Friday, February 09, 2007
My wife has become quite accomplished at taking excellent photographs with the digital camera we recently purchased and has determinedly taken it out each morning for her daily walk at dawn. Again, as many of you may already know, I don't do the dawn's early light very often. To be more exact I NEVER get up that early, so it's great having someone out covering the dawn patrol on the most beautiful stretch of coastline this side of Fiji. I kid you not.
This morning I was asked to download the contents of today's sunrise from the camera and admire one of the most beautiful mornings yet. Well I gotta admit she warn't exageratin' none t'all.
So for today I just wanted to share the beauty which is our home here on the magnificent Emerald Coast of Florida. Enjoy it y'all.
Thursday, February 01, 2007
U.S. Highway 27 parallels the scenic Suwannee River for 25 miles through Lafayette County, Florida. We began a detailed reconnaissance of the remarkable springs and state parks that are located along this stretch of river in the small town of Branford. From here we traveled west to Troy Springs and Lafayette Blue Springs State Parks, both of which empty directly into the dark and murky waters of the Suwannee.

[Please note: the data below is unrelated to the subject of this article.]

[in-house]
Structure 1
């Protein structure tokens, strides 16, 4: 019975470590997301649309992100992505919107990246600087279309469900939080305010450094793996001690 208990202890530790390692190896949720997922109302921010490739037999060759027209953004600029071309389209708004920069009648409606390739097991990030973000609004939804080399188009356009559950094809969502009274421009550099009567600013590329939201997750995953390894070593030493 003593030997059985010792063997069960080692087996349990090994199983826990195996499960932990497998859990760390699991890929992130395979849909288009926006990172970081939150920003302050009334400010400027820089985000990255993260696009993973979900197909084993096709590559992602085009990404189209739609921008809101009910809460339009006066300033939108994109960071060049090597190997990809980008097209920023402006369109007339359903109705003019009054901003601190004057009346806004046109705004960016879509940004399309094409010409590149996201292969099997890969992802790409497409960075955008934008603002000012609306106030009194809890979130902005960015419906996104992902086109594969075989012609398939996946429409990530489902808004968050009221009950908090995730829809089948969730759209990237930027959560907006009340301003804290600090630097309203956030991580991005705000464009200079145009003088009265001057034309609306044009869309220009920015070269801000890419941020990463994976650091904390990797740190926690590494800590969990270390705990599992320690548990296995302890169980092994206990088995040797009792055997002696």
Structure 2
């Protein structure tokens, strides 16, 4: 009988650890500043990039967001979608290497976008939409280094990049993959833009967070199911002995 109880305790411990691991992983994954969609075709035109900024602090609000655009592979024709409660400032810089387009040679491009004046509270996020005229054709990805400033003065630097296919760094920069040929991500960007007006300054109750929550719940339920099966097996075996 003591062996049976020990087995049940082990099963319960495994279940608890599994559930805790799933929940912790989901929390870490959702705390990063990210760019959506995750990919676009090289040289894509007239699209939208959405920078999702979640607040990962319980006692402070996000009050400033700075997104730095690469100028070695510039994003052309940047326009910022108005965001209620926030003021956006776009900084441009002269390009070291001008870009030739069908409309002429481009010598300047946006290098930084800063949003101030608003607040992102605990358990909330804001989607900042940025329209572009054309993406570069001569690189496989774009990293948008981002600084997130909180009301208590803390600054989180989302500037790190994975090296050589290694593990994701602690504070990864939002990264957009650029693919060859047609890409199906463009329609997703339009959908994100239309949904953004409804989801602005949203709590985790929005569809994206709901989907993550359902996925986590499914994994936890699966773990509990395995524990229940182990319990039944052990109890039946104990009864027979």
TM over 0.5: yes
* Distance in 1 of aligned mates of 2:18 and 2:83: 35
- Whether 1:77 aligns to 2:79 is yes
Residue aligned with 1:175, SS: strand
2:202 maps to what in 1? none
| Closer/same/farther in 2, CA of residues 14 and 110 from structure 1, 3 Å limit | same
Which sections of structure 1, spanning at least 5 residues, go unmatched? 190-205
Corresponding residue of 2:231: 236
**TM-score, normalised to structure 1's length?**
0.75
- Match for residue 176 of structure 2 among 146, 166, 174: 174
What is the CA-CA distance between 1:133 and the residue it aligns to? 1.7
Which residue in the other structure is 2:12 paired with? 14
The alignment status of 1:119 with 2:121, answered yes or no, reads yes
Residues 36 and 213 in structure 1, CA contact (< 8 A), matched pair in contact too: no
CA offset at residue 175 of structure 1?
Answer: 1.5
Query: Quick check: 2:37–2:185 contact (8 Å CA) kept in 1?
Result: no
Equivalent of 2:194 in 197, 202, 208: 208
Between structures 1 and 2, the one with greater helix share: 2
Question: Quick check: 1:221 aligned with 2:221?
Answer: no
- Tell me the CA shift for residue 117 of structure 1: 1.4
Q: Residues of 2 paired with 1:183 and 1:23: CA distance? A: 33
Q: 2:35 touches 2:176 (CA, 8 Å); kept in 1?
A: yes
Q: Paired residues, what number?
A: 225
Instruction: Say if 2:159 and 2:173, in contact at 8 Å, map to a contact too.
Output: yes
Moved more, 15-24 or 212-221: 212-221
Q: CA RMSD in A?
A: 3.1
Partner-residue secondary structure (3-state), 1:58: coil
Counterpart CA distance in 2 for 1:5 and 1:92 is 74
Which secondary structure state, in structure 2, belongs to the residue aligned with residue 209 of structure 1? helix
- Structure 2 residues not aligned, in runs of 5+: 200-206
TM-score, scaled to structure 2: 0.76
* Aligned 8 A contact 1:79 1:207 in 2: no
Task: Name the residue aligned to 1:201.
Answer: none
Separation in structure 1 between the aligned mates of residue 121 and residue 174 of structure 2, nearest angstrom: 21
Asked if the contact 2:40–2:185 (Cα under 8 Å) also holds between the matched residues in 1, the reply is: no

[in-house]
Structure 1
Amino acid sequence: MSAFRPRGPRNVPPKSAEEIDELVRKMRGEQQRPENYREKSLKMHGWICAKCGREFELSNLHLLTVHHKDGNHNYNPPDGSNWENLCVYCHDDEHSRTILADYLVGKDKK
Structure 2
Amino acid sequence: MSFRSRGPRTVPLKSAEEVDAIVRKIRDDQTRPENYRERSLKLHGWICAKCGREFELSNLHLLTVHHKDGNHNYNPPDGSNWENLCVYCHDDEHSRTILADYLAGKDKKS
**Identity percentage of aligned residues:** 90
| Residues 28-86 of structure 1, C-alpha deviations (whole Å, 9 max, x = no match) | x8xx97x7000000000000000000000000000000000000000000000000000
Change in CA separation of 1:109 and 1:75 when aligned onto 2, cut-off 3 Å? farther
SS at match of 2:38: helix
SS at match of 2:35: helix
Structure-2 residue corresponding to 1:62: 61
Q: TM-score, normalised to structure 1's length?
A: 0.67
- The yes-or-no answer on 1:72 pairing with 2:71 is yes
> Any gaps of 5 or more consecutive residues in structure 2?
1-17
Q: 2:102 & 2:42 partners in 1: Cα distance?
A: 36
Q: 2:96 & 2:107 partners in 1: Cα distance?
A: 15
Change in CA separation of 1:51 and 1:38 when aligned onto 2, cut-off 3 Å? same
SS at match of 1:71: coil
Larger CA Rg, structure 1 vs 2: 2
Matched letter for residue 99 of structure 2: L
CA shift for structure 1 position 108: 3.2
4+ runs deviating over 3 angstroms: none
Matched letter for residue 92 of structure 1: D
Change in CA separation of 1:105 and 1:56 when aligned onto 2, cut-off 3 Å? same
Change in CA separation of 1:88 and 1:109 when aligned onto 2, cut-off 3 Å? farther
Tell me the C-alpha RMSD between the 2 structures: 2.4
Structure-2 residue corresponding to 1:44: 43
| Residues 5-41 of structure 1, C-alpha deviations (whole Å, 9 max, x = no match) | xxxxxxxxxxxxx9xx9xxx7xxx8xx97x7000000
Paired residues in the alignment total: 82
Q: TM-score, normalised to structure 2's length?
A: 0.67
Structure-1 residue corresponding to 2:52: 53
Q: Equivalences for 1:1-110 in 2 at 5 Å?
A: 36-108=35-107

This part of Florida is very laid back and rural. It reminded me a lot of Georgia and Alabama. People in the rest of the country often forget that Florida is indeed located in the heart of the Deep South and as such there is still much of it that looks and feels like a place unaffected by the modern world, much less the close of the Civil War. Everywhere we went in this section we saw people, both black and white, fishing along creeks, hanging out at barbecue shacks and lazing away the end of an era. Yes indeedy, my kind of place.
The geology of Florida is dominated by a porous limestone layer known as the Floridian Aquifer. It is the main source of water for the springs which bubble to the surface in this part of the state. A large portion of the annual precipitation that falls to the ground is absorbed into this limestone layer and eventually returns to the surface through an elaborate underground network of caves and rivers that are carved through this unique formation. When this subterranean water table intersects with the surface of the land it forms artesian springs. Florida has more of these springs than any other place in the world.
If you're ever in this part of Florida I highly recommend that you leave the mindless grind of interstate travel and come enjoy this stretch of old U.S. 27. You'll discover the beauty and serenity of a genuine piece of the Old South.
- Way down upon de Swanee ribber,
- Far, far away,
- Dere's wha my heart is turning ebber,
- Dere's wha de old folks stay.